Can you use athletes’ foot cream for jock itch? This question is more common than you would imagine. The answer here is, yes. In around 80% of the time, you can use your athlete’s foot cream for jock itch. Here is how that works.
Scientifically known as tinea cruris, jock itch is a form of fungal infection that presents as ringworm. The funny thing about ringworm is that it is not worms at all, despite what the name might suggest. This type of ringworm appears as an itchy patch on your skin; it often has bumps on the edges that resemble blisters. It is a rash that may be red or peeling, and it can spread quickly through your body. Does that remind you of any other form of rash?
Athlete’s foot, which is also a form of fungus infection known as tinea pedis, presents with the same characteristics and spreads just as fast. In fact, you could very well have jock itch and athlete’s foot infections at the same time.
Both these conditions are caused by a fungus. Typically, fungi tend to grow on or even in the top layer of the skin. There are some cases where this fungal growth does not cause infections. The ideal conditions for fungi to grow involve warm, moist areas of our bodies such as the inner thighs, buttock and groin, and between the toes.
As the name would suggest, jock itch, as opposed to athlete’s foot, typically affects male athletes. That, however, does not mean that it is exclusive to this group; anyone can get jock itch.
The most common contraction scenarios include using public locker rooms and showers, sharing wet towels and clothes, or dropping them on wet floors and then using them anyway.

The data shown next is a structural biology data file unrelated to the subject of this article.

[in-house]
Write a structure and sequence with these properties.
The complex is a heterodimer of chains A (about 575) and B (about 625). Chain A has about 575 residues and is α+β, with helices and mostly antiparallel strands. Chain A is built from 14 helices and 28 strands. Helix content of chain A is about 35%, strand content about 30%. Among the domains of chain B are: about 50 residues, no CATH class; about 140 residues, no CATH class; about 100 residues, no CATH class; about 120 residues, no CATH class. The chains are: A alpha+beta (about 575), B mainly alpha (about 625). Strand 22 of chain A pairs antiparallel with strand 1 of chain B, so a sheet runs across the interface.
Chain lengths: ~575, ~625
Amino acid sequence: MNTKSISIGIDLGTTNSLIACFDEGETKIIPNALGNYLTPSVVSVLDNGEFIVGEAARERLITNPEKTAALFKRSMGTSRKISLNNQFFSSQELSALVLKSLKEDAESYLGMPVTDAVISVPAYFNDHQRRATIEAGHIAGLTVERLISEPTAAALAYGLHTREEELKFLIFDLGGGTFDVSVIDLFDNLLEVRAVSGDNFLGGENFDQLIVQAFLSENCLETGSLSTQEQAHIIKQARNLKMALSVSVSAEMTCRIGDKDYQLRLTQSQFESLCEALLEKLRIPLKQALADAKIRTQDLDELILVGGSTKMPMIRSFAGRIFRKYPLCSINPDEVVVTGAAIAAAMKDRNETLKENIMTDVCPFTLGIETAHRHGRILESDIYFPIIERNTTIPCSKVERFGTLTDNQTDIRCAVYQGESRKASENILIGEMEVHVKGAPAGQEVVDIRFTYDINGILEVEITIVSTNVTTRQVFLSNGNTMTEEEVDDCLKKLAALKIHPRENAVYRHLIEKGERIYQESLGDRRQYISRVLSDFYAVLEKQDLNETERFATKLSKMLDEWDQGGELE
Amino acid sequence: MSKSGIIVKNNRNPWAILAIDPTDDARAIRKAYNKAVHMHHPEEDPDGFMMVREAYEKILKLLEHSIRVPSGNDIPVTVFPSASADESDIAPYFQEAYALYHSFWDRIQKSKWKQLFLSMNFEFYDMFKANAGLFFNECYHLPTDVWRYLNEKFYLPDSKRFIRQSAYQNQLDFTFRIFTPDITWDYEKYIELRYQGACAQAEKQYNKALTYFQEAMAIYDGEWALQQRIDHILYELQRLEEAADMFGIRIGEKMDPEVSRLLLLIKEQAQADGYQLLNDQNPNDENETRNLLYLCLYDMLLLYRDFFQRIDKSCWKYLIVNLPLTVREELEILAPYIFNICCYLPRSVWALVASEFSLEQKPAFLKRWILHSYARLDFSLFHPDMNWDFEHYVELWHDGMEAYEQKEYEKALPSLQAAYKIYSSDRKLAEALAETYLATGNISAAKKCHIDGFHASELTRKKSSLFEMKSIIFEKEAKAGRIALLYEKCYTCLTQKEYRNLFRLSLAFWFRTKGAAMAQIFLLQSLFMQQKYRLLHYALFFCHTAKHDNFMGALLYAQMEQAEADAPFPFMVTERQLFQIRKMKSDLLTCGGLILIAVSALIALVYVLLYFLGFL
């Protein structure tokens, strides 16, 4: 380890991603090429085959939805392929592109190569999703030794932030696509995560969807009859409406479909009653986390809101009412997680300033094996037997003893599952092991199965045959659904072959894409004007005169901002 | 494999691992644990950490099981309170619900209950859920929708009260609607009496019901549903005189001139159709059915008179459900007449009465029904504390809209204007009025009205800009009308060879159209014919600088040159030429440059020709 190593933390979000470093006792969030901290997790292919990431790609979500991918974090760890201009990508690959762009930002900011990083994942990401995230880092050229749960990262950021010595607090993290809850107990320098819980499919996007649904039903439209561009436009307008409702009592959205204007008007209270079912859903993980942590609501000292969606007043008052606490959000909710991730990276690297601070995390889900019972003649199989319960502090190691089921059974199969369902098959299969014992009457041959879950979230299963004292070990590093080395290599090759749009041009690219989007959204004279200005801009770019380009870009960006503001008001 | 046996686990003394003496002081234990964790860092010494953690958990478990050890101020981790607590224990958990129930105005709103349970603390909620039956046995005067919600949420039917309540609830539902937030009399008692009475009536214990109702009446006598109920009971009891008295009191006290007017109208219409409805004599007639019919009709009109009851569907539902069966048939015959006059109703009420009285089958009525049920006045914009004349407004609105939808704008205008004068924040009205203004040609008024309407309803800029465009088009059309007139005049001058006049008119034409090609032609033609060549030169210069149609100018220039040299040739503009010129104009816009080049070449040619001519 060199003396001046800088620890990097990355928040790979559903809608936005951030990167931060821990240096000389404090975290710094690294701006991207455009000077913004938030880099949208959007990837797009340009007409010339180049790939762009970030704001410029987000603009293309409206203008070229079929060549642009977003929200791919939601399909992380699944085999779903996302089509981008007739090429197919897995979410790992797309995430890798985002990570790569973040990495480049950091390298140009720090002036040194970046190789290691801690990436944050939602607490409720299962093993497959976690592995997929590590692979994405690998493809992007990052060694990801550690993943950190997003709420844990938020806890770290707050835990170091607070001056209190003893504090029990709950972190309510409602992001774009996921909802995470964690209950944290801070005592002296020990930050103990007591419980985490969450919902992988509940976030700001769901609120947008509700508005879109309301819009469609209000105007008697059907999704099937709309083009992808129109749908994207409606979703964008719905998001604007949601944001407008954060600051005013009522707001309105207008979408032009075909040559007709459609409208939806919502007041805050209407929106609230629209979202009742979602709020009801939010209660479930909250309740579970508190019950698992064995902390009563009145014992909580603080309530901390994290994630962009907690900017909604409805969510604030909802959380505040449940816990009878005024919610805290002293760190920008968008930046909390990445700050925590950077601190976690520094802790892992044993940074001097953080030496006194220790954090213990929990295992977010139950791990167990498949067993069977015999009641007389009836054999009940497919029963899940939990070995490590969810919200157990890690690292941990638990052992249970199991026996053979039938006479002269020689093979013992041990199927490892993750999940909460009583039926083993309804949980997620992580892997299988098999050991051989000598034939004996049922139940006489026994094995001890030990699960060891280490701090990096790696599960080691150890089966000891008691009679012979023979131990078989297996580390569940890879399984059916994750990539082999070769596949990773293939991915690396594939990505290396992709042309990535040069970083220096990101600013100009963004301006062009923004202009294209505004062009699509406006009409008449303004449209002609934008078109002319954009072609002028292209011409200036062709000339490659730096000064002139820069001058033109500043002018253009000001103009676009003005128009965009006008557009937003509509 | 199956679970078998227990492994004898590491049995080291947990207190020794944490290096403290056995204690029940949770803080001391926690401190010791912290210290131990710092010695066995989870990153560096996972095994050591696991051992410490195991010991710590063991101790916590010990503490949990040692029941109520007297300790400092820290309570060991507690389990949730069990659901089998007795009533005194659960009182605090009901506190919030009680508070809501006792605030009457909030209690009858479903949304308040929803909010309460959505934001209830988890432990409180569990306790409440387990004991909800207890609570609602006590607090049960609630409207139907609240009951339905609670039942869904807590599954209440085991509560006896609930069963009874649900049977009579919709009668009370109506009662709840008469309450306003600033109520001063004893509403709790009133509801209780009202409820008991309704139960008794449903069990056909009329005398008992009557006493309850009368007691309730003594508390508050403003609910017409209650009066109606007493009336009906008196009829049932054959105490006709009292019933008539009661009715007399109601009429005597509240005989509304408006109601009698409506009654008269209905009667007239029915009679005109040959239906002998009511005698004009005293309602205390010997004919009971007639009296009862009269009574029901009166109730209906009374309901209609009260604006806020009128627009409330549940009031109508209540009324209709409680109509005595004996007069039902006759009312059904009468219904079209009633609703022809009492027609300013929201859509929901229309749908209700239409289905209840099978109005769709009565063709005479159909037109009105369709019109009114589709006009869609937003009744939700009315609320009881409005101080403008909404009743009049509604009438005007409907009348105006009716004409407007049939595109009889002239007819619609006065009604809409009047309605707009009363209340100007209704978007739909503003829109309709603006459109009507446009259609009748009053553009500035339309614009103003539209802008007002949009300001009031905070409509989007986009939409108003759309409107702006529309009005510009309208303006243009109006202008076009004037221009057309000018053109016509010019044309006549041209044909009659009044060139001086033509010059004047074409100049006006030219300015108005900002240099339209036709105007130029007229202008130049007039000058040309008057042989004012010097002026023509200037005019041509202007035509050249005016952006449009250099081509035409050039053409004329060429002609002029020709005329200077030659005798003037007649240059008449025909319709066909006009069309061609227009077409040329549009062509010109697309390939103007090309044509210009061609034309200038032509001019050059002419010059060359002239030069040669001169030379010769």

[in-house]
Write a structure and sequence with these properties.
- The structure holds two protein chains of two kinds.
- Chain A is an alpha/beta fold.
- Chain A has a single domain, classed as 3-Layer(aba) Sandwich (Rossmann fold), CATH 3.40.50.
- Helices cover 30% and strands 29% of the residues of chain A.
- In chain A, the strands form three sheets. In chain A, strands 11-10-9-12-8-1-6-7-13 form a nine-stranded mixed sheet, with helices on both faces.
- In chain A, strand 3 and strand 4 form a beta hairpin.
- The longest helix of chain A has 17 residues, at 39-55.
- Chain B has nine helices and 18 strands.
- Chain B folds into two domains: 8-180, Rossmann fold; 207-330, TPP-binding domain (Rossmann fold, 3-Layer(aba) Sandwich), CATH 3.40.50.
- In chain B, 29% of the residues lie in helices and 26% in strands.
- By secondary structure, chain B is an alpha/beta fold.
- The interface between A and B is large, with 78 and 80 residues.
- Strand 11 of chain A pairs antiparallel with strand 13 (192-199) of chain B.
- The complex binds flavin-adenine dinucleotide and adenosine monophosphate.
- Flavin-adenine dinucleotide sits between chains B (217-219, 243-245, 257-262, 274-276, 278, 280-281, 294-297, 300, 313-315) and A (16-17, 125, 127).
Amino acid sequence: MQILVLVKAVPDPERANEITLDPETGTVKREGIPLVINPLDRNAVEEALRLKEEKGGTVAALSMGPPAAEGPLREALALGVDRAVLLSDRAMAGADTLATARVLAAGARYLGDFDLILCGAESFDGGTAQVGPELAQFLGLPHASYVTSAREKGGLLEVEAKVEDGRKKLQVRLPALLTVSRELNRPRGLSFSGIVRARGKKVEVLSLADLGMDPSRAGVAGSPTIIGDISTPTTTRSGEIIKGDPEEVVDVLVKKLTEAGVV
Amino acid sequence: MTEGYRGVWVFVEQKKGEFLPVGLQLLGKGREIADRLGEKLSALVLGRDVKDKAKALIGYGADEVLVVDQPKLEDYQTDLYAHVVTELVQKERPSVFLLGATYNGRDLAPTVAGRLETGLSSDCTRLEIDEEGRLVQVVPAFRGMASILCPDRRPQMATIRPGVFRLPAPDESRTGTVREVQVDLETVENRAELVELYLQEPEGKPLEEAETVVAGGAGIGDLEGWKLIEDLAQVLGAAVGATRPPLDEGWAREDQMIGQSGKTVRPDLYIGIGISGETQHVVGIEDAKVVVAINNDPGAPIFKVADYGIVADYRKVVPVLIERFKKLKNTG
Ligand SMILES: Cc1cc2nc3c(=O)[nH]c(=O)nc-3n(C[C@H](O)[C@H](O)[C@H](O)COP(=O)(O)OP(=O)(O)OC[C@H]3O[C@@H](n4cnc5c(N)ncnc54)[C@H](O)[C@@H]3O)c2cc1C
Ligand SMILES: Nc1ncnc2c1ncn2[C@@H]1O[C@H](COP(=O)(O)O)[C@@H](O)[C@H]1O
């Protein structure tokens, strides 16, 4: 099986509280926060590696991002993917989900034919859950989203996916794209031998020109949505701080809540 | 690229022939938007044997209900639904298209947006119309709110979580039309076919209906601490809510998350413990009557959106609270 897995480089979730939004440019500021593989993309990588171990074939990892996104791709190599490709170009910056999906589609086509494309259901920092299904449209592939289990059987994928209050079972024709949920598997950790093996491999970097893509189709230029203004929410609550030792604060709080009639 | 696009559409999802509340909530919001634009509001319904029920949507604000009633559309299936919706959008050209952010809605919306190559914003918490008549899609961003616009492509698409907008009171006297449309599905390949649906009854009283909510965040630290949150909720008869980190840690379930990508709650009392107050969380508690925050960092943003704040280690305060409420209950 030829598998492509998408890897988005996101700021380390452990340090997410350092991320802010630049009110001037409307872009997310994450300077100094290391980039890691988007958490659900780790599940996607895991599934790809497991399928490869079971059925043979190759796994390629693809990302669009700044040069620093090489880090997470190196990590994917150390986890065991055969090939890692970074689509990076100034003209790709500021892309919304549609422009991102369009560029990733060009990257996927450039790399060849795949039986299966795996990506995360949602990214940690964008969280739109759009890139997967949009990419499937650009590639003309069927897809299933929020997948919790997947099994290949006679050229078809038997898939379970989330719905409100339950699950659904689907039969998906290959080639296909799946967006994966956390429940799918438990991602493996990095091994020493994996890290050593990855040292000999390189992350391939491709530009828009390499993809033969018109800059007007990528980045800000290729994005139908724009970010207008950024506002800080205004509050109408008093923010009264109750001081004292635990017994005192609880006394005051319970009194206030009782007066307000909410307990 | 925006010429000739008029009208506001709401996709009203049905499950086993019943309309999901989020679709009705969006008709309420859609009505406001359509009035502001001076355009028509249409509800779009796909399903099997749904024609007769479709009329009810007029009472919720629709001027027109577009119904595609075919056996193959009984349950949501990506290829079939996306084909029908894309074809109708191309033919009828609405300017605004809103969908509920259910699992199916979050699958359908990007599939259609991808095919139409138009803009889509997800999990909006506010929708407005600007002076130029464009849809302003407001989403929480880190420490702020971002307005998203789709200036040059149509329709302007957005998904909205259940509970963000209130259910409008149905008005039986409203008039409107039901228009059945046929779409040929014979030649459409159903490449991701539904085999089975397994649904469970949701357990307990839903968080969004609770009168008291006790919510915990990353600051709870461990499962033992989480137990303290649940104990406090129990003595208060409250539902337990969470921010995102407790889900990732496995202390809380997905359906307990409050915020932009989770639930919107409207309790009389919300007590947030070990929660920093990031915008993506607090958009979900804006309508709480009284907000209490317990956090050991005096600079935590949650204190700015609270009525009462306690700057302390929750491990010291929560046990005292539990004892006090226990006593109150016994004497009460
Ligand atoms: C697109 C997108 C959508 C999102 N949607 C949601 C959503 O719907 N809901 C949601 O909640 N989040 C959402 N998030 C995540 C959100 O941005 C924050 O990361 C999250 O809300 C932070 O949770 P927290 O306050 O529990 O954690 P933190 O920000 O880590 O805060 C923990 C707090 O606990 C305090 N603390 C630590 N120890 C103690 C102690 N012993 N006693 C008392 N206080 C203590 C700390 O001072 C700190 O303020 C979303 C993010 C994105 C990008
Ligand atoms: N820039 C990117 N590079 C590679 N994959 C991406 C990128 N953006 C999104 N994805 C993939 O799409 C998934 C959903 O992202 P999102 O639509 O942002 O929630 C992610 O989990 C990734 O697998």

The fungi that cause jock itch and athlete’s foot thrive in steamy rooms filled with damp towels, wet floors and sweaty workout clothes. That is why you will commonly find jock itch and athlete’s foot occurring at the same time.
In both jock itch and athlete’s foot, you will find that the following symptoms occur across the board:
In both cases, the treatment method is the same and often takes about the same period of time for symptoms to subside.
Back to the original question. The answer is still yes. In most cases, both jock itch and athlete’s foot are caused by the same fungus family; therefore, any kind of cream formulated to treat one may be used to treat the other.
However, you are advised to consult your doctor as opposed to self-medicating, but in the most common of cases, using a cream that contains clotrimazole or terbinafine should do the trick.
The treatment for jock itch once identified, is simple enough. Here is what you need to do:
This treatment takes about a week or two at the most for your symptoms to subside. If, however, the symptoms persist, you will have to consult your doctor.
Avoid scratching and touching the affected area no matter how itchy it gets—this is how you spread the fungus to other parts of your body. If you are using the same medication (cream or powder) for both athlete’s foot and jock itch, be sure to treat both at the same time and consistently to prevent cross-contamination and re-infection.